Hawken notes that fundamentalism is, fundamentally, about ideology, and any fundamentalism – whether it is capitalism, socialism, capitalism or terrorism – is based on uniformity rather than diversity, and thus more inclined to justify and dictate than to question and liberate. Diversity, along with self-organization and self-regulation, are among the hallmarks of an effective immune system (or what Fritjof Capra, in his book, The Web of Life, calls an immune network), and Hawken suggests that "the widely diverse network of organizations proliferating in the world today may be a better defense against injustice than F-16 fighter jets".
Although much of the focus in the book is on how small organizations are working to improve the lots of the planet and its peoples, Hawken also includes some larger scale initiatives, such as The Nature Conservancy, which has US$4.4B in assets, the Clinton Global Initiative, which recently raised US$7.3B in pledges to combat global warming, injustice, intolerance and poverty, and the Gates Foundation, with US$29B in assets (and an annual budget that is twice that of the World Health Organization), dedicated to the eradication of disease in the developing world.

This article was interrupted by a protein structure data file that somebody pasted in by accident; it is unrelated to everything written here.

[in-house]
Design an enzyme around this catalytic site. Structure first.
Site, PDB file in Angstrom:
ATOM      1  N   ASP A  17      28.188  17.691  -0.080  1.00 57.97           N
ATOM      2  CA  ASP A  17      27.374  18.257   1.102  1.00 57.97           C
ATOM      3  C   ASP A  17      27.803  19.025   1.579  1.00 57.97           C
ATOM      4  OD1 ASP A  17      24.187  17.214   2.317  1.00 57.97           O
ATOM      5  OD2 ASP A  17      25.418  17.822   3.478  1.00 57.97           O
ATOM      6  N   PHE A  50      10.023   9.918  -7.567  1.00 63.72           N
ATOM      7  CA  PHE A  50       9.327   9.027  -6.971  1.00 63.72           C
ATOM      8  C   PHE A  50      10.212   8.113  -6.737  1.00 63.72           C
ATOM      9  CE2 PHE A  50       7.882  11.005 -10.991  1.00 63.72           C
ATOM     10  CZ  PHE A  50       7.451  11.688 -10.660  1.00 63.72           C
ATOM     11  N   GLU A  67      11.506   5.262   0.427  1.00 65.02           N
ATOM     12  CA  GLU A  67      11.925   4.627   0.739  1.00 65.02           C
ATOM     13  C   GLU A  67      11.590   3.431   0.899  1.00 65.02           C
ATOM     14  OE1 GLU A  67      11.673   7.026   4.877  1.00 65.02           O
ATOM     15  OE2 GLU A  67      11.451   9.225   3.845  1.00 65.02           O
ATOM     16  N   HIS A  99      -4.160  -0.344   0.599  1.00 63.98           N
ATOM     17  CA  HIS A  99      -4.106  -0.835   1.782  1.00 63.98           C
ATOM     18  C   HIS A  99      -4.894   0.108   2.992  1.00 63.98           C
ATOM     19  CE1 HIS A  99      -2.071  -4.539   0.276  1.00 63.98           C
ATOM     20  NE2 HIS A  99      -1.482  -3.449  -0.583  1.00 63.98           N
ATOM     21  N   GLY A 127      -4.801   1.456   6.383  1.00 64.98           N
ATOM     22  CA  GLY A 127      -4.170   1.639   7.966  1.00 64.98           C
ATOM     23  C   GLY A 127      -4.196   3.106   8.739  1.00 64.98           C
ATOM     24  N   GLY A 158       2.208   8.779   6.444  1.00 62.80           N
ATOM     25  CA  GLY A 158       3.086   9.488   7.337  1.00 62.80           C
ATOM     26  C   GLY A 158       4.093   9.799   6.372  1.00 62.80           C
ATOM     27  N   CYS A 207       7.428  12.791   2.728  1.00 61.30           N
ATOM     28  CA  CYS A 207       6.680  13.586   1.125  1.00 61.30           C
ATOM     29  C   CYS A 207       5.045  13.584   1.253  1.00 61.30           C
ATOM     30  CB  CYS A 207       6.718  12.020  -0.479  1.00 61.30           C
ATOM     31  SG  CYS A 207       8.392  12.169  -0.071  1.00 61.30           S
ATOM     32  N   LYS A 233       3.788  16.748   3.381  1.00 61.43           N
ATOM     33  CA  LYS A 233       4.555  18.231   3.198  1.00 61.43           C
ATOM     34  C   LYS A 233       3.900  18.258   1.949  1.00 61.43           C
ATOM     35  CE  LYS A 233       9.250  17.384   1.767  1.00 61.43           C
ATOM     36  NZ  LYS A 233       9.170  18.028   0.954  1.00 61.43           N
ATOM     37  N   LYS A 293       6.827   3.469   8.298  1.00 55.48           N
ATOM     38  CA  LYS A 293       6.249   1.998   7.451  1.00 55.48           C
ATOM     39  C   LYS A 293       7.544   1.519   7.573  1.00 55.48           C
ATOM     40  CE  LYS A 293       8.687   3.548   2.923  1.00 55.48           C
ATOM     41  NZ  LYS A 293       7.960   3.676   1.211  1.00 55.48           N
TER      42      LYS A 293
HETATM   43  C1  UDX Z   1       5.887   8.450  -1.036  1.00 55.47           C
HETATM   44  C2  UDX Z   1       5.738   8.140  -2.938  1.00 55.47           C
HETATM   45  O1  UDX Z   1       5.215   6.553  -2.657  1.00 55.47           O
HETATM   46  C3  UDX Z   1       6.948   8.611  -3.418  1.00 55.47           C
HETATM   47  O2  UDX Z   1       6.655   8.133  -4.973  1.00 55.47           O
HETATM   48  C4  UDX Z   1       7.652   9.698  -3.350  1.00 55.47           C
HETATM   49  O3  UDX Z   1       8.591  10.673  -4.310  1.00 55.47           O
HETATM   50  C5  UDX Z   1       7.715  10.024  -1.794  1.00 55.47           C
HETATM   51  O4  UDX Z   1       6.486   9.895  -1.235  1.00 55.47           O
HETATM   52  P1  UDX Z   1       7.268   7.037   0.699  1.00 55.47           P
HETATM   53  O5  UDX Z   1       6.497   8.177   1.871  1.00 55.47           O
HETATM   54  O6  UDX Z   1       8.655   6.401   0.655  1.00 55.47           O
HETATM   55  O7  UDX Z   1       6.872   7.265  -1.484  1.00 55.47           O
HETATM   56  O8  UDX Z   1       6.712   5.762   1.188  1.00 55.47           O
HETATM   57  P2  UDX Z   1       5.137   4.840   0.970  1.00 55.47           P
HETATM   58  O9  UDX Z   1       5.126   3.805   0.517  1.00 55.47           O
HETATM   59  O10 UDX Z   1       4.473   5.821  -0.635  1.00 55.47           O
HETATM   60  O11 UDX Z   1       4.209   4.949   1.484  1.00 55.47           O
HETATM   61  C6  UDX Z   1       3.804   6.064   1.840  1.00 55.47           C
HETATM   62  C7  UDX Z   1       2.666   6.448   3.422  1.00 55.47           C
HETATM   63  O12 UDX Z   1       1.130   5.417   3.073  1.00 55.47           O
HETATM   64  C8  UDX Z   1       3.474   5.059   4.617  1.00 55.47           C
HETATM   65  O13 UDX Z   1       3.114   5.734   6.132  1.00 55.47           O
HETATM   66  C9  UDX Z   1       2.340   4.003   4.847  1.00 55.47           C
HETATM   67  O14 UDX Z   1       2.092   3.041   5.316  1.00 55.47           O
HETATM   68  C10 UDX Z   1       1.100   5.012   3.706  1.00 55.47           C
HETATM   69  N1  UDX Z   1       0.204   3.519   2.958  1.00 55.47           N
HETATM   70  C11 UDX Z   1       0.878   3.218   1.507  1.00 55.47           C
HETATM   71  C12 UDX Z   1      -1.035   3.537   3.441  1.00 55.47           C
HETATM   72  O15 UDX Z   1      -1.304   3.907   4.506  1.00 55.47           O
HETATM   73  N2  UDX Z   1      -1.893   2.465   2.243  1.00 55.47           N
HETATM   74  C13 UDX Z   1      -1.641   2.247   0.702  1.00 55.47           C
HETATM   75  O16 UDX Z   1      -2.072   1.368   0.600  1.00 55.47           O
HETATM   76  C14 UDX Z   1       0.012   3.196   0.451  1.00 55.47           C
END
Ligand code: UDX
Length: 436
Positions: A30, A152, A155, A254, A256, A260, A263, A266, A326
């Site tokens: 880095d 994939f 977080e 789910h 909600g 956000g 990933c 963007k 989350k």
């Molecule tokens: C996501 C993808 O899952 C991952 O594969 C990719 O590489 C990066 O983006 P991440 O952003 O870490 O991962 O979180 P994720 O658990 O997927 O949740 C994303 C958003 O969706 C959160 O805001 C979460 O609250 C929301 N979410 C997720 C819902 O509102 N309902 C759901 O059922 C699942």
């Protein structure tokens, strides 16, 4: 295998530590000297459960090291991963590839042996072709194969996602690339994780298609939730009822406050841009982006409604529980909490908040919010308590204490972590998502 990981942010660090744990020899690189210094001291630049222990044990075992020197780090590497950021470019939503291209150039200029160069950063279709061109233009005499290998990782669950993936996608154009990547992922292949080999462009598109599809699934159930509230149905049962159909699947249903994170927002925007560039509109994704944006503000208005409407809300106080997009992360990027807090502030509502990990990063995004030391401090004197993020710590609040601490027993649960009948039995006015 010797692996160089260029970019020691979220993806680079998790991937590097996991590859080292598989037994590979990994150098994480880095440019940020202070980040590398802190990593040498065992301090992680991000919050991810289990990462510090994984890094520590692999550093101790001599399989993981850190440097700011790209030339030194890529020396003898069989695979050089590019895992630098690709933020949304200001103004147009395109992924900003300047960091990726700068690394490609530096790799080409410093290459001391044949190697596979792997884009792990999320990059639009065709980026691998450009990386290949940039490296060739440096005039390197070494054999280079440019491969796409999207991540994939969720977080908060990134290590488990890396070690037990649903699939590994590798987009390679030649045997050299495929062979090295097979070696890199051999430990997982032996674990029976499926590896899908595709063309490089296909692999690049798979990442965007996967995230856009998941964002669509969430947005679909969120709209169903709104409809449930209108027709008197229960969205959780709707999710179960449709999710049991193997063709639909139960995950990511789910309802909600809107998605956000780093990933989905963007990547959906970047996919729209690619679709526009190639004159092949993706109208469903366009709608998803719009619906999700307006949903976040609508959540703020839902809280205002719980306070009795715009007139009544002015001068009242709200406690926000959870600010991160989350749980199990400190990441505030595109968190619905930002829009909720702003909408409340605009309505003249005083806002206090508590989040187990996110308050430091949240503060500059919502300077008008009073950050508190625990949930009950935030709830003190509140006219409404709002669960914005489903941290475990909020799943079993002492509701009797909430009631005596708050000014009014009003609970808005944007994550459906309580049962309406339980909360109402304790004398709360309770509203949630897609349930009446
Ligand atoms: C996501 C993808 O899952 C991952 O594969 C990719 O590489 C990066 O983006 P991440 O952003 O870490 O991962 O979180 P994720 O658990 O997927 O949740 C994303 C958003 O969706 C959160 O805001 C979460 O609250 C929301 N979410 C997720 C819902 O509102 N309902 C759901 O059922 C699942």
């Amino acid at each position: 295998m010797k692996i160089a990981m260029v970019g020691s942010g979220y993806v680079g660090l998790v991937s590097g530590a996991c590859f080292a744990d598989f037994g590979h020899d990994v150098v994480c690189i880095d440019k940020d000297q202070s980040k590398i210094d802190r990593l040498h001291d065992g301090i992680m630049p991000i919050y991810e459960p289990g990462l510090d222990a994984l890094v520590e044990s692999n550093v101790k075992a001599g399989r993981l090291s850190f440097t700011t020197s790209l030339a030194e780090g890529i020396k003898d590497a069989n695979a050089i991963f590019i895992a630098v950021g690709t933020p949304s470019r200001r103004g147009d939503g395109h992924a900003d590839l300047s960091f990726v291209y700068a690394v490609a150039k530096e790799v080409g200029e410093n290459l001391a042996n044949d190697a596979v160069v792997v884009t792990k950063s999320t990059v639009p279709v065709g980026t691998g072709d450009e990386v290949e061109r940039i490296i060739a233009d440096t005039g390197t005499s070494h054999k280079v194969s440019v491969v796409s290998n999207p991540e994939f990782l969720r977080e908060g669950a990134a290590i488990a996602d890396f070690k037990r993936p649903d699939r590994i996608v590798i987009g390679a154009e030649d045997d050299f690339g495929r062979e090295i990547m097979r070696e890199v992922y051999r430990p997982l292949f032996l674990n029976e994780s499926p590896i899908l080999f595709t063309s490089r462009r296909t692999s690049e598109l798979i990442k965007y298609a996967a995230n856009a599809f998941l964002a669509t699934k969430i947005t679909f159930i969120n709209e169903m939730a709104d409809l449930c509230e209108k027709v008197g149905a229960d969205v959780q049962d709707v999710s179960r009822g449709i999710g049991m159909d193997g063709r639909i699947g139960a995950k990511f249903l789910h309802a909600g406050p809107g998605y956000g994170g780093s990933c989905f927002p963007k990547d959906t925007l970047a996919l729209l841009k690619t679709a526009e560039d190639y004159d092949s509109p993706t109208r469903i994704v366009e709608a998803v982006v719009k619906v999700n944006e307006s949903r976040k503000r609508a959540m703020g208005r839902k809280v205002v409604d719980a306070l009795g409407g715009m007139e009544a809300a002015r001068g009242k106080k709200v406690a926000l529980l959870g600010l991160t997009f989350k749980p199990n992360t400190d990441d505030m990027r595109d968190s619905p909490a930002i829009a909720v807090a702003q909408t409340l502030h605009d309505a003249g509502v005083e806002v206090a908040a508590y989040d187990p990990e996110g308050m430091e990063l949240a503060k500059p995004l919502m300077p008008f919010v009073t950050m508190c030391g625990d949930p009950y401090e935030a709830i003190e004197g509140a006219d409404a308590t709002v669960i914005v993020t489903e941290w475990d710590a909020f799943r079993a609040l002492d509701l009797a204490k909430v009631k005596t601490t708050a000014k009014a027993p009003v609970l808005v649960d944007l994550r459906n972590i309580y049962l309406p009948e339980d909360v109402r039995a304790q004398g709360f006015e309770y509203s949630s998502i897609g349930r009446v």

While I hope these initiatives are successful, I have to note that I think it’s ironic that Bill Clinton, who, despite his purported commitment - in the past and present - to environmental and social causes, was an ardent proponent of some of the foremost tools of promulgating environmental and social injustice, through his support for NAFTA, GATT and welfare reform (and even his former Labor Secretary, Robert Reich, who I had previously thought was more populist than corporatist, has recently been defending the gross inequity of the gross pay given to many CEOs).
Toward the end of the book, after cataloging a broad range of environmental and social injustices suffered in the past, present and possible future(s), interspersed with examples of organizations that are making some progress in addressing or even rectifying some of those injustices, Hawken offers an optimistic vision about how this movement might unfold. One passage, in particular, triggered a “goose bump moment” for me, where I experienced a strong visceral reaction to the words on the page: